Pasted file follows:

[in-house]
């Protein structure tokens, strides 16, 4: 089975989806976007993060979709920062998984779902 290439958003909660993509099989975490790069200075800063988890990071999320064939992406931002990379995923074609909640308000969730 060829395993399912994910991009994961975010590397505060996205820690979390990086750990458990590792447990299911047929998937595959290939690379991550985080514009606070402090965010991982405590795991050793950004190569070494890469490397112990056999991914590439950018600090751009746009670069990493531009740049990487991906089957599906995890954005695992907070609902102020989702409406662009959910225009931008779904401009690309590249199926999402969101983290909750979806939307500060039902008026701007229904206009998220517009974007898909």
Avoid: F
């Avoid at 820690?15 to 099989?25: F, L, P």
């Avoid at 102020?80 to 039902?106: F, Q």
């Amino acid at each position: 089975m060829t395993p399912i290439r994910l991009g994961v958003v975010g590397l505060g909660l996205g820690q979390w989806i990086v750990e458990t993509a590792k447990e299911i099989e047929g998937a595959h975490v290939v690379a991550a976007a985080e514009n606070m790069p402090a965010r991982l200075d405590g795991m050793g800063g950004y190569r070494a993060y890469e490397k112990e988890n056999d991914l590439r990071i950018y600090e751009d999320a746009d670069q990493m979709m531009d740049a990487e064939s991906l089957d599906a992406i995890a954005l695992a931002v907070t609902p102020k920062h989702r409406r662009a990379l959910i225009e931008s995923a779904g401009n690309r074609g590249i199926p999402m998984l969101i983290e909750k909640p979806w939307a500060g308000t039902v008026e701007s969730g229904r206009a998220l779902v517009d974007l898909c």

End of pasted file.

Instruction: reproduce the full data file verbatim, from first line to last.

[in-house]
């Protein structure tokens, strides 16, 4: 089975989806976007993060979709920062998984779902 290439958003909660993509099989975490790069200075800063988890990071999320064939992406931002990379995923074609909640308000969730 060829395993399912994910991009994961975010590397505060996205820690979390990086750990458990590792447990299911047929998937595959290939690379991550985080514009606070402090965010991982405590795991050793950004190569070494890469490397112990056999991914590439950018600090751009746009670069990493531009740049990487991906089957599906995890954005695992907070609902102020989702409406662009959910225009931008779904401009690309590249199926999402969101983290909750979806939307500060039902008026701007229904206009998220517009974007898909």
Avoid: F
């Avoid at 820690?15 to 099989?25: F, L, P």
């Avoid at 102020?80 to 039902?106: F, Q």
């Amino acid at each position: 089975m060829t395993p399912i290439r994910l991009g994961v958003v975010g590397l505060g909660l996205g820690q979390w989806i990086v750990e458990t993509a590792k447990e299911i099989e047929g998937a595959h975490v290939v690379a991550a976007a985080e514009n606070m790069p402090a965010r991982l200075d405590g795991m050793g800063g950004y190569r070494a993060y890469e490397k112990e988890n056999d991914l590439r990071i950018y600090e751009d999320a746009d670069q990493m979709m531009d740049a990487e064939s991906l089957d599906a992406i995890a954005l695992a931002v907070t609902p102020k920062h989702r409406r662009a990379l959910i225009e931008s995923a779904g401009n690309r074609g590249i199926p999402m998984l969101i983290e909750k909640p979806w939307a500060g308000t039902v008026e701007s969730g229904r206009a998220l779902v517009d974007l898909c």